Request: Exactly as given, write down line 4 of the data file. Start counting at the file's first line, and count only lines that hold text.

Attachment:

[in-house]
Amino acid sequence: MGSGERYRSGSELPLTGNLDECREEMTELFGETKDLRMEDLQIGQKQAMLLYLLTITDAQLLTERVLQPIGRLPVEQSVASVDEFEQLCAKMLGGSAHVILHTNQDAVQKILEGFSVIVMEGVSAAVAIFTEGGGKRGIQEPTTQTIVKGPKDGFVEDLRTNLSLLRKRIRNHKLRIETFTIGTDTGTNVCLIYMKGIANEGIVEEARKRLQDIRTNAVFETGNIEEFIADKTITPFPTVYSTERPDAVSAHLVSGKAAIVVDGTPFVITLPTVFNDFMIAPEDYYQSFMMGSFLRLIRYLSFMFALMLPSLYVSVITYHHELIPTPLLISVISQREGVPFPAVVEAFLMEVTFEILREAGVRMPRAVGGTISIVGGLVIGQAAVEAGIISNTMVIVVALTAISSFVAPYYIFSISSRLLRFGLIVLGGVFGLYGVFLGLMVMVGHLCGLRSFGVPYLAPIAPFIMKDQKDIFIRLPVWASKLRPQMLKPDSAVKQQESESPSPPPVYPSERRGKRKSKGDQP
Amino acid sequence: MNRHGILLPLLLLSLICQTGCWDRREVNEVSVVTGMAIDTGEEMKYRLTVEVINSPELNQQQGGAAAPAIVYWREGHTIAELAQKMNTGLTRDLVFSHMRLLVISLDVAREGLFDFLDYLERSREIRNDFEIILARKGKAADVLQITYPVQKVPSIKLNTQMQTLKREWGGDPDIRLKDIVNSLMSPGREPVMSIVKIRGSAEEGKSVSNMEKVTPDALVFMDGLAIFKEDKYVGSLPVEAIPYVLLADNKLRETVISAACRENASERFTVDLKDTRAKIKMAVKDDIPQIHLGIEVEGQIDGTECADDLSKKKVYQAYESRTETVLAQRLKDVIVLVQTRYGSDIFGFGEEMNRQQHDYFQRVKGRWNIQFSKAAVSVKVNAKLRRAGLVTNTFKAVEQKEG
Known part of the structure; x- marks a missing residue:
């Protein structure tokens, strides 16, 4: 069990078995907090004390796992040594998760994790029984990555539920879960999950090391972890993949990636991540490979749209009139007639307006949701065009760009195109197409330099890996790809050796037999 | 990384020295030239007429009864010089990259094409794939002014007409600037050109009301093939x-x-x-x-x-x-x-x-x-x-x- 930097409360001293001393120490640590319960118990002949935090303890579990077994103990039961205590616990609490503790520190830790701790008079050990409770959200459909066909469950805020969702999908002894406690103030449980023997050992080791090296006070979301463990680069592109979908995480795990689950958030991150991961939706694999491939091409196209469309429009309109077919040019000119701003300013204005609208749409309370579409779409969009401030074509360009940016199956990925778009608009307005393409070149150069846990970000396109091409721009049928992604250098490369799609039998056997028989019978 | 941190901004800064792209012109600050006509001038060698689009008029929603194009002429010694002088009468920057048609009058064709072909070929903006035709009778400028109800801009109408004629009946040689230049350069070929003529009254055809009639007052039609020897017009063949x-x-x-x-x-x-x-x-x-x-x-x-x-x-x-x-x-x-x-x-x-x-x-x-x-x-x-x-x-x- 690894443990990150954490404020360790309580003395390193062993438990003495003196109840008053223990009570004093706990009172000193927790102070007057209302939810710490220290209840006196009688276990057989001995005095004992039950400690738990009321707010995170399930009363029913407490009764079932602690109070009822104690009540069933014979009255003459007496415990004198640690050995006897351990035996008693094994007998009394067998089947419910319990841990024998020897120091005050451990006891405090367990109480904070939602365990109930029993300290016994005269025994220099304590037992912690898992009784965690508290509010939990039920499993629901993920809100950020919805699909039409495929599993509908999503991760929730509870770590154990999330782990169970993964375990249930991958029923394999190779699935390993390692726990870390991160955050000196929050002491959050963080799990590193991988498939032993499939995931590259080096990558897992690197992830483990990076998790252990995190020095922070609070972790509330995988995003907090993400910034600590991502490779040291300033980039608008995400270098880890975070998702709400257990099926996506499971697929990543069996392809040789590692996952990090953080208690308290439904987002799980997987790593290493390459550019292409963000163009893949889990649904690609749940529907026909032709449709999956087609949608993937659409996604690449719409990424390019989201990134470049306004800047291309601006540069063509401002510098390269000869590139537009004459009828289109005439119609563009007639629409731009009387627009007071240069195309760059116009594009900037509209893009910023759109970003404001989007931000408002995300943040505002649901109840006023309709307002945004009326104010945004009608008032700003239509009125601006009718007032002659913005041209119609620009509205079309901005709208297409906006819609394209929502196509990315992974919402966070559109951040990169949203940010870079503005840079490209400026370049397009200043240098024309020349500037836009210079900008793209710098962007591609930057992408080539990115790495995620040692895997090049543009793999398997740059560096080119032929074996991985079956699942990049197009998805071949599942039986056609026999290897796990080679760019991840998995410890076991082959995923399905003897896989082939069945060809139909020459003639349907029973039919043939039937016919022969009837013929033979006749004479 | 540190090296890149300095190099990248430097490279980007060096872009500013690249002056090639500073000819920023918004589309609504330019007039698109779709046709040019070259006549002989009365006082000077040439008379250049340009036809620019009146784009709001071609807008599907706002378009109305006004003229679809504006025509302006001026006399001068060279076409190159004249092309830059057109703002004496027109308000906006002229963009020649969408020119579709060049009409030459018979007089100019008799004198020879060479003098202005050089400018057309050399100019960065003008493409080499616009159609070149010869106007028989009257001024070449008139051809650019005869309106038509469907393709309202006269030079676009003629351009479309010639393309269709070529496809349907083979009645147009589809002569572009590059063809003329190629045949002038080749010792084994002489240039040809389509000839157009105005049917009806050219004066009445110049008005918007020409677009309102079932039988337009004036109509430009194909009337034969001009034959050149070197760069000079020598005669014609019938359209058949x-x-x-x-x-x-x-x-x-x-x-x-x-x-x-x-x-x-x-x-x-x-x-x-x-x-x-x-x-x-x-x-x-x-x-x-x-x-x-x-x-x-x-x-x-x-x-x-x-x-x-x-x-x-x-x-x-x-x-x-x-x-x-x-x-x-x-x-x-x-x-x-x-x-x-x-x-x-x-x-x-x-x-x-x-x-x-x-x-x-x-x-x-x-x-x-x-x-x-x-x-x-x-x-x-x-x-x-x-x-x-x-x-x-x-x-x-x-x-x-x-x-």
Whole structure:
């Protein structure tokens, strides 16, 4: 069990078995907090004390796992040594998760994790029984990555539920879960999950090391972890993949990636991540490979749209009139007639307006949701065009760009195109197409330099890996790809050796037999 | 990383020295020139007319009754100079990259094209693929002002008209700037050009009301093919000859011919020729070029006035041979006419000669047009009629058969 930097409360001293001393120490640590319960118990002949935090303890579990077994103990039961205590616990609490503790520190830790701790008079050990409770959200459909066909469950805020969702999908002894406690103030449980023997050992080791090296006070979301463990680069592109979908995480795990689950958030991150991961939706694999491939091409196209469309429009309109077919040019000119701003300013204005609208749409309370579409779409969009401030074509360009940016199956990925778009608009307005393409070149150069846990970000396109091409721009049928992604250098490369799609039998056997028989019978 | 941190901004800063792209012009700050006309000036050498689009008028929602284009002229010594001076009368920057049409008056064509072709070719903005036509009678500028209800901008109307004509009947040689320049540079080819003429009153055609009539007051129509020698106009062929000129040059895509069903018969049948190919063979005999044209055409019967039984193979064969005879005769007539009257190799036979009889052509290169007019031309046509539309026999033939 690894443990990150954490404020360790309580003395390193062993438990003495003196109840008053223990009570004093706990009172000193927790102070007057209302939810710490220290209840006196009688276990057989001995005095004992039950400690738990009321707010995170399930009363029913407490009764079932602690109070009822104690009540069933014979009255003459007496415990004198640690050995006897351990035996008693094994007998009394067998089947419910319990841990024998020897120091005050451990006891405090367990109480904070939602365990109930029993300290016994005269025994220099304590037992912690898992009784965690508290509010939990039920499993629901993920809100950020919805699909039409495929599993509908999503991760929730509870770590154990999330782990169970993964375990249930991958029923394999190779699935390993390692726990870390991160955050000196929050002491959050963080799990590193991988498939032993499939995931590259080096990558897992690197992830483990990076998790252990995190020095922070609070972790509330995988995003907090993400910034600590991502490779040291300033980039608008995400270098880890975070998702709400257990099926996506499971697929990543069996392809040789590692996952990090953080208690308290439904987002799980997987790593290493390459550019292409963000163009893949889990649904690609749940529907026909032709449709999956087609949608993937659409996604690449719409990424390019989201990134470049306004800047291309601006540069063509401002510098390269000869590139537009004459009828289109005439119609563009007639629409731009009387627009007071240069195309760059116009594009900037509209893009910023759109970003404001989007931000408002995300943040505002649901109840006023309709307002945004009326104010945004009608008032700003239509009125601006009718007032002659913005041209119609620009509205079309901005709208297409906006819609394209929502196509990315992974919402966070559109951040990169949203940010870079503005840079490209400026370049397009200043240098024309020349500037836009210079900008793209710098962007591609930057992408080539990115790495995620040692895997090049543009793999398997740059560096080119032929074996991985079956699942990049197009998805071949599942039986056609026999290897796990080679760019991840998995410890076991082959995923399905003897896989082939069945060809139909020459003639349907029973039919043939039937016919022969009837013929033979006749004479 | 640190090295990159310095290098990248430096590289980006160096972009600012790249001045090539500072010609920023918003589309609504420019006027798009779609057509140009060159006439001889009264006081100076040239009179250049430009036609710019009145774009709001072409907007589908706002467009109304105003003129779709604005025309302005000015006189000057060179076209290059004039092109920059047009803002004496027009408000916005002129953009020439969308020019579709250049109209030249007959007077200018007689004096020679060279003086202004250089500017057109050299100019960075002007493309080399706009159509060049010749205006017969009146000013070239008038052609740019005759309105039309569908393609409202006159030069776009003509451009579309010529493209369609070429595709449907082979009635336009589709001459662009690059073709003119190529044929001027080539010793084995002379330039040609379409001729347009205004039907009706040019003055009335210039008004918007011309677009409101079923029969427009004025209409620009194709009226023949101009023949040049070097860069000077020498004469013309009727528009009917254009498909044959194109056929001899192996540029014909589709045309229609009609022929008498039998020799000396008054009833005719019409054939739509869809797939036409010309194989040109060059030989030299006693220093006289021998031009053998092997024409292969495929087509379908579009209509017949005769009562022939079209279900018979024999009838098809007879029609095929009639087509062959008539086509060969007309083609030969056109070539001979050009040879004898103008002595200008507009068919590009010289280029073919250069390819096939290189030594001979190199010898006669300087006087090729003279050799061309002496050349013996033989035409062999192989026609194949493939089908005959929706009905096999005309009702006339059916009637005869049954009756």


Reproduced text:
Known part of the structure; x- marks a missing residue: